In addition, Christie has proposed a constitutional amendment requiring a two and a half percent cap on property tax payments. That amendment could not become law until the end of the year at the earliest.
Schundler, a former Jersey City mayor, said the cuts will exclude a large aid reduction for charter schools. A charter school advocate dating back to his mayoralty in the 1990s, Schundler said the small charter school aid reduction is in line with state laws regarding aid to the specialized schools that operate outside the school districts with public assistance.
In addition, Schundler noted the charter schools largely service urban communities including Newark, Camden and Jersey City, where he believes they provide greater educational opportunities for students. During a campaign stop last year at Westfield High School, Christie proposed a greater empathsis on urban education, including working with charter schools.
Schundler believes that school districts can accomplish the cuts by the March 30 deadline for school budgets to be submitted for voter approval. He said he has instructed county superintendents to throughly review each school district budget and be prepared to make line item vetos in order to make further reductions before the budgets go to the voters on April 20. State law allows county superintendents to make these vetos.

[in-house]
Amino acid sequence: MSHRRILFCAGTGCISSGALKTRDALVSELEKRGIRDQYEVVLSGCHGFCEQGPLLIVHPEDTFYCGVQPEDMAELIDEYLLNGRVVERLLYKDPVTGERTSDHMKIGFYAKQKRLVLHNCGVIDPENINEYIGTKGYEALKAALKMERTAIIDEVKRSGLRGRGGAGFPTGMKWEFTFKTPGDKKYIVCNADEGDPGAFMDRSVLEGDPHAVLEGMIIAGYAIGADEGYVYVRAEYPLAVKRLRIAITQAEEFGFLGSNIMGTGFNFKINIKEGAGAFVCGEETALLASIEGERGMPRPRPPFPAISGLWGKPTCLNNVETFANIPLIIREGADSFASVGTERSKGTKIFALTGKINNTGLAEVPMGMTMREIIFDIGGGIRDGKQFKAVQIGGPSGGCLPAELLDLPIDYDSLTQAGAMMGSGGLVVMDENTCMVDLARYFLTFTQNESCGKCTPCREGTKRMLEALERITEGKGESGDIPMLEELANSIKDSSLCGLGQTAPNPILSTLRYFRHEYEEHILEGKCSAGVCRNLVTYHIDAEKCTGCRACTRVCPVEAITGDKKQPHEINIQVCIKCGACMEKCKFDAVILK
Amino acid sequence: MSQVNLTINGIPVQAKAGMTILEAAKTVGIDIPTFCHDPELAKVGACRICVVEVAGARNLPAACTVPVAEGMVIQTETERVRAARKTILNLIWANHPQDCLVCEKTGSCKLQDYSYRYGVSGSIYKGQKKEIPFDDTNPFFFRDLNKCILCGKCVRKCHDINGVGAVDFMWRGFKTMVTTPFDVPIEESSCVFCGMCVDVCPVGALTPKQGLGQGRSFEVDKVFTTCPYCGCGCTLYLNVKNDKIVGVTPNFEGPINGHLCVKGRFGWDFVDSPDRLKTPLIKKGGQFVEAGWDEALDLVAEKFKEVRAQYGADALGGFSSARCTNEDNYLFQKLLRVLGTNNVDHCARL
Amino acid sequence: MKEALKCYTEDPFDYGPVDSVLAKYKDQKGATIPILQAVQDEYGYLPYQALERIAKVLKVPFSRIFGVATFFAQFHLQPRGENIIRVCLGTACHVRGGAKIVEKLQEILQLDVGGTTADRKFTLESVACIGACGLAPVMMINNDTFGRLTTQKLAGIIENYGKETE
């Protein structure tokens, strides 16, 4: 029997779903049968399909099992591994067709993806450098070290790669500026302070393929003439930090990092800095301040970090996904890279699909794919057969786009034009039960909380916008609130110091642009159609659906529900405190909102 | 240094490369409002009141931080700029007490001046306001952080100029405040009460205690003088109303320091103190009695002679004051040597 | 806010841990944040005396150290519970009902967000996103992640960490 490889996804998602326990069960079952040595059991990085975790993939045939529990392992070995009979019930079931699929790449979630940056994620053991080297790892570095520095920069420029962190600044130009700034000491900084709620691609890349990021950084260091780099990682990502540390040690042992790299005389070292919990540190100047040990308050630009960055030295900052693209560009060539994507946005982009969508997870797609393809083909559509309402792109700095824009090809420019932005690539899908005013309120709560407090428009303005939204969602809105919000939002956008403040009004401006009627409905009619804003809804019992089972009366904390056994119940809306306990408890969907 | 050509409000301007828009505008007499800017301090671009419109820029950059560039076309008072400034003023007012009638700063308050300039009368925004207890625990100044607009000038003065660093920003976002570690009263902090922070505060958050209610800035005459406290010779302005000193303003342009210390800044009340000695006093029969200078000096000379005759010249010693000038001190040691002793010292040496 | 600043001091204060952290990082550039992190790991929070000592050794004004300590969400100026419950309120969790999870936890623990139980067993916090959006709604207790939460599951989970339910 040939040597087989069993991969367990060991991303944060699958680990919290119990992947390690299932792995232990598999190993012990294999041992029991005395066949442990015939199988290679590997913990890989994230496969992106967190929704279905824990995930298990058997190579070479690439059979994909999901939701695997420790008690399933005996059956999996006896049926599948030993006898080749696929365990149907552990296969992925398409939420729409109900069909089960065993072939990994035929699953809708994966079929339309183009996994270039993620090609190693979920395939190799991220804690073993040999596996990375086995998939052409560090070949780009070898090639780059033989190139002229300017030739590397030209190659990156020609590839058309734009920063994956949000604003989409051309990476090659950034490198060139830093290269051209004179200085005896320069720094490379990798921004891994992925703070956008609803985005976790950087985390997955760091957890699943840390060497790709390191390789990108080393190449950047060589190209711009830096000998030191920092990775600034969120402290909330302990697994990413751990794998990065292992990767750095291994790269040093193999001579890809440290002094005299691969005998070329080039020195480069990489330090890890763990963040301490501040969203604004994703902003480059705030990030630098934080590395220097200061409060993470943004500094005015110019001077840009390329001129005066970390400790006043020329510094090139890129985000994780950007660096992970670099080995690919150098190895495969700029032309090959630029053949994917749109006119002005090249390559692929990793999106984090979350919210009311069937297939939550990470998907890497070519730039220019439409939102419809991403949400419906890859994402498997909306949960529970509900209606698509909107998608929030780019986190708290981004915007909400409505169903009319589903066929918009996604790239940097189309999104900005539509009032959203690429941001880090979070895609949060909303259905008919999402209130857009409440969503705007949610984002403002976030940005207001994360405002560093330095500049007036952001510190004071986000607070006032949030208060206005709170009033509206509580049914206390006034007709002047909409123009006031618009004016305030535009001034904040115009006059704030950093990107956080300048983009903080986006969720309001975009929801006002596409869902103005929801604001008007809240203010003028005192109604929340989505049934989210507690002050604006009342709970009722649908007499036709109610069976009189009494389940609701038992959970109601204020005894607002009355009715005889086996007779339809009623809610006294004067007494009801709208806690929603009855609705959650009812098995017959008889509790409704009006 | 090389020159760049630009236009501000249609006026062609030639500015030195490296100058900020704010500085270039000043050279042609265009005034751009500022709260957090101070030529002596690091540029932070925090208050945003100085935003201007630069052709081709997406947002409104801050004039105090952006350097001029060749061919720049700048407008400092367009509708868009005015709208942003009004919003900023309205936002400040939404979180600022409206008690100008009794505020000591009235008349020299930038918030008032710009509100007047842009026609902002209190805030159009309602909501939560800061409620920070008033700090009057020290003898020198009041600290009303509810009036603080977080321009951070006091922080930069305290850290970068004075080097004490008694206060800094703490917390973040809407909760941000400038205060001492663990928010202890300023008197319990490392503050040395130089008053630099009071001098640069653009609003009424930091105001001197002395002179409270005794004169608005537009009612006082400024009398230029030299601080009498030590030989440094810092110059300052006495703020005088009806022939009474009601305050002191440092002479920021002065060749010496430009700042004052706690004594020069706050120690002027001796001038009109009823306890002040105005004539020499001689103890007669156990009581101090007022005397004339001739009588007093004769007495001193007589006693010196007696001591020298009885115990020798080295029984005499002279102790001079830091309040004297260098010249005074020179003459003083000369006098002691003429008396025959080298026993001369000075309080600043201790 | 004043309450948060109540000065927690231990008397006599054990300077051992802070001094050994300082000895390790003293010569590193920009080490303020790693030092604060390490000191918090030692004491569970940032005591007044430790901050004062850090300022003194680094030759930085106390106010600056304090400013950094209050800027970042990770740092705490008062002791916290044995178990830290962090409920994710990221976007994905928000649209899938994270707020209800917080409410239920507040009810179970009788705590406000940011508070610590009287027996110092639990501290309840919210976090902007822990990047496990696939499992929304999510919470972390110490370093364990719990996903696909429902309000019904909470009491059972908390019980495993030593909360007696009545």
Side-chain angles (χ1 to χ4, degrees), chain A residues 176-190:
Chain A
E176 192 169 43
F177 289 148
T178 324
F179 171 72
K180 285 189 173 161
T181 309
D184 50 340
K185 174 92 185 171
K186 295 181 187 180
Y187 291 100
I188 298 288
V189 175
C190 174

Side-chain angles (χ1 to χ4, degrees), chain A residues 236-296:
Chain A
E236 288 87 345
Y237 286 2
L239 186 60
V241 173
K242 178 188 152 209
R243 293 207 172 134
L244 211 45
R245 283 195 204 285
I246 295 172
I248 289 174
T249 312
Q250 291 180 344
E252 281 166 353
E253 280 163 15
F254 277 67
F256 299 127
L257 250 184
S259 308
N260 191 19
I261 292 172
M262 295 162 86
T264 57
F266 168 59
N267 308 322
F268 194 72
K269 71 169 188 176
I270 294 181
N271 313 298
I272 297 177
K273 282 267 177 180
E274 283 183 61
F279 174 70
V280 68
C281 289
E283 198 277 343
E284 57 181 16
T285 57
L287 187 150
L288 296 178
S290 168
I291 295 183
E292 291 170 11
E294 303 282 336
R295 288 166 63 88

Westfield will have the option to raise property taxes above the four percent state cap in order to make up the lost school aid. Board of Education officials have indicated this is unlikely given the need to seek voter approval of the budget. Schundler said the county superintendents will be looking to hold property tax hikes under the four percent cap and are prepared to veto spending over this amount.
Schools Superintendent Margaret Dolan and BOE Business Administrator Robert Berman have been in emergency meetings all day with district supervisors and union leaders in an attempt to find ways to reduce costs in the budget to make up for the dramatic reduction in state aid. Dolan said on Tuesday evening this will include a close review of each line item in the budget and potential layoffs. The board's finance committee is meeting Thursday night to discuss the budget cuts. The board has meetings scheduled the next two Tuesdays to discuss the cuts.
Board of Education members appeared visibly shaken by the governor's announcement on Tuesday night and said they had to figure out how to make the necessary cuts without making cuts to the quality of education in the school districts. Several board members described the cuts from Christie as "Draconian."
In his conference call, Schundler defended the new state aid numbers, saying that Christie did not cut the overall figure, but describing the cuts as coming from the loss in the federal stimulus aid. He said this shows a commitment to education by the governor, who has been called anti-teacher by union officials.
"What this highlights is the priority the Christie administration has put on school aid," Schundler said. "That says a lot about the governor's commitment to education."